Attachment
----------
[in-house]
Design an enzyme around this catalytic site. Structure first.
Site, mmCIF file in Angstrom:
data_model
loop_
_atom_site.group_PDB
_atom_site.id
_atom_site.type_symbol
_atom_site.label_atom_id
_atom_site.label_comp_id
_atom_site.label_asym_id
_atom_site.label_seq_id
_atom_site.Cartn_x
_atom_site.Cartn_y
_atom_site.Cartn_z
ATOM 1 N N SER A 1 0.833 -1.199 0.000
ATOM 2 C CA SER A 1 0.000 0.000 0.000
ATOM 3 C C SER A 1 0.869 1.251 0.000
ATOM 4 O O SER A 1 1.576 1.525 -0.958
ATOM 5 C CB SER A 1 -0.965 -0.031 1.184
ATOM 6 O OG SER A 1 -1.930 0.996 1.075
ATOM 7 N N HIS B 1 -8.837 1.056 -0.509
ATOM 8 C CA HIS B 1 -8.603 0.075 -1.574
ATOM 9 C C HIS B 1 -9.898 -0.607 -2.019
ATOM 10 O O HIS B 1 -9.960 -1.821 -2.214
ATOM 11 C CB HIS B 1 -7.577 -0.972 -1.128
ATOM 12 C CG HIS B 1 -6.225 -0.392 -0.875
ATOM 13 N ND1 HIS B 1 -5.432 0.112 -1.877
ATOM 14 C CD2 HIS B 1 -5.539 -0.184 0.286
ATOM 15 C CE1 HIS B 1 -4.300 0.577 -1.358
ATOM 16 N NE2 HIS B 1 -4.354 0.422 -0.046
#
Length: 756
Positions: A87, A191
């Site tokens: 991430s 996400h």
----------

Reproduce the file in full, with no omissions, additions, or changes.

[in-house]
Design an enzyme around this catalytic site. Structure first.
Site, mmCIF file in Angstrom:
data_model
loop_
_atom_site.group_PDB
_atom_site.id
_atom_site.type_symbol
_atom_site.label_atom_id
_atom_site.label_comp_id
_atom_site.label_asym_id
_atom_site.label_seq_id
_atom_site.Cartn_x
_atom_site.Cartn_y
_atom_site.Cartn_z
ATOM 1 N N SER A 1 0.833 -1.199 0.000
ATOM 2 C CA SER A 1 0.000 0.000 0.000
ATOM 3 C C SER A 1 0.869 1.251 0.000
ATOM 4 O O SER A 1 1.576 1.525 -0.958
ATOM 5 C CB SER A 1 -0.965 -0.031 1.184
ATOM 6 O OG SER A 1 -1.930 0.996 1.075
ATOM 7 N N HIS B 1 -8.837 1.056 -0.509
ATOM 8 C CA HIS B 1 -8.603 0.075 -1.574
ATOM 9 C C HIS B 1 -9.898 -0.607 -2.019
ATOM 10 O O HIS B 1 -9.960 -1.821 -2.214
ATOM 11 C CB HIS B 1 -7.577 -0.972 -1.128
ATOM 12 C CG HIS B 1 -6.225 -0.392 -0.875
ATOM 13 N ND1 HIS B 1 -5.432 0.112 -1.877
ATOM 14 C CD2 HIS B 1 -5.539 -0.184 0.286
ATOM 15 C CE1 HIS B 1 -4.300 0.577 -1.358
ATOM 16 N NE2 HIS B 1 -4.354 0.422 -0.046
#
Length: 756
Positions: A87, A191
């Site tokens: 991430s 996400h």